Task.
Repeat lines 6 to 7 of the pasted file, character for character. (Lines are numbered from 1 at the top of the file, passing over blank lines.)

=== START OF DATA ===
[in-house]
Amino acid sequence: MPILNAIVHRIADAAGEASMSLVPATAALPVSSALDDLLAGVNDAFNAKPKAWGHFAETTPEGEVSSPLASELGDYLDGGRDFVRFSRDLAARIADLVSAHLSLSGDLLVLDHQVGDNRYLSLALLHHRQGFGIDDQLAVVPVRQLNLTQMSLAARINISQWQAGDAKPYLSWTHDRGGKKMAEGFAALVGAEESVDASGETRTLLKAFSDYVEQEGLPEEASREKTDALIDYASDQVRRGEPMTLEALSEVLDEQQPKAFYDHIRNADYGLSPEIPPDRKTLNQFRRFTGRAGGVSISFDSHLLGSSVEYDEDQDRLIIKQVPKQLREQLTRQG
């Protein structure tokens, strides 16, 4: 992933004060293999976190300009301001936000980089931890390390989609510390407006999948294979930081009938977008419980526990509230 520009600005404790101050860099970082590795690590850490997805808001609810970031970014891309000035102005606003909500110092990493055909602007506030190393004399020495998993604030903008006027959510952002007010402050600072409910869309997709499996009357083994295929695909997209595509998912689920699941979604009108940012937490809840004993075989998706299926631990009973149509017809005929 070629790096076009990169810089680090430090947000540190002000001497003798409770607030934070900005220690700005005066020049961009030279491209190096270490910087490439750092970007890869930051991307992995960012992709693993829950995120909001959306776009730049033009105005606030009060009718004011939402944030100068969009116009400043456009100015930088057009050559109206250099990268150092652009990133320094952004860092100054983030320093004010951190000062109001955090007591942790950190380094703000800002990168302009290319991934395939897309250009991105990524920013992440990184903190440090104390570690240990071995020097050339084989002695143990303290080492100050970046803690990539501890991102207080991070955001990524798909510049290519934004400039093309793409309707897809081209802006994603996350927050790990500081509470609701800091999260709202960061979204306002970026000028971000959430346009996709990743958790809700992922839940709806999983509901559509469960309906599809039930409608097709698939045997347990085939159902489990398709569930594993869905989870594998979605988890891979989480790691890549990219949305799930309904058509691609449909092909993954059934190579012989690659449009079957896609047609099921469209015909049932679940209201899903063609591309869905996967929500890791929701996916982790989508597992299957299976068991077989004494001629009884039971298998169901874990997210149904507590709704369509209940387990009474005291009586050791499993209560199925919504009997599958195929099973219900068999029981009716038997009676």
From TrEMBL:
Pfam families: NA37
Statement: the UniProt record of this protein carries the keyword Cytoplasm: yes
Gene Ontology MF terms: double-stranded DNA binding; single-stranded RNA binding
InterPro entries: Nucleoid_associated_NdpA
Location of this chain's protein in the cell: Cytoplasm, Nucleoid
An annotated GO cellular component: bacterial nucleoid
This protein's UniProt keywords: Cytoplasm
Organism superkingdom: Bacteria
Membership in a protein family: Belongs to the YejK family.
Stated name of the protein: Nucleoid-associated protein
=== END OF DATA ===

Statement: the UniProt record of this protein carries the keyword Cytoplasm: yes
Gene Ontology MF terms: double-stranded DNA binding; single-stranded RNA binding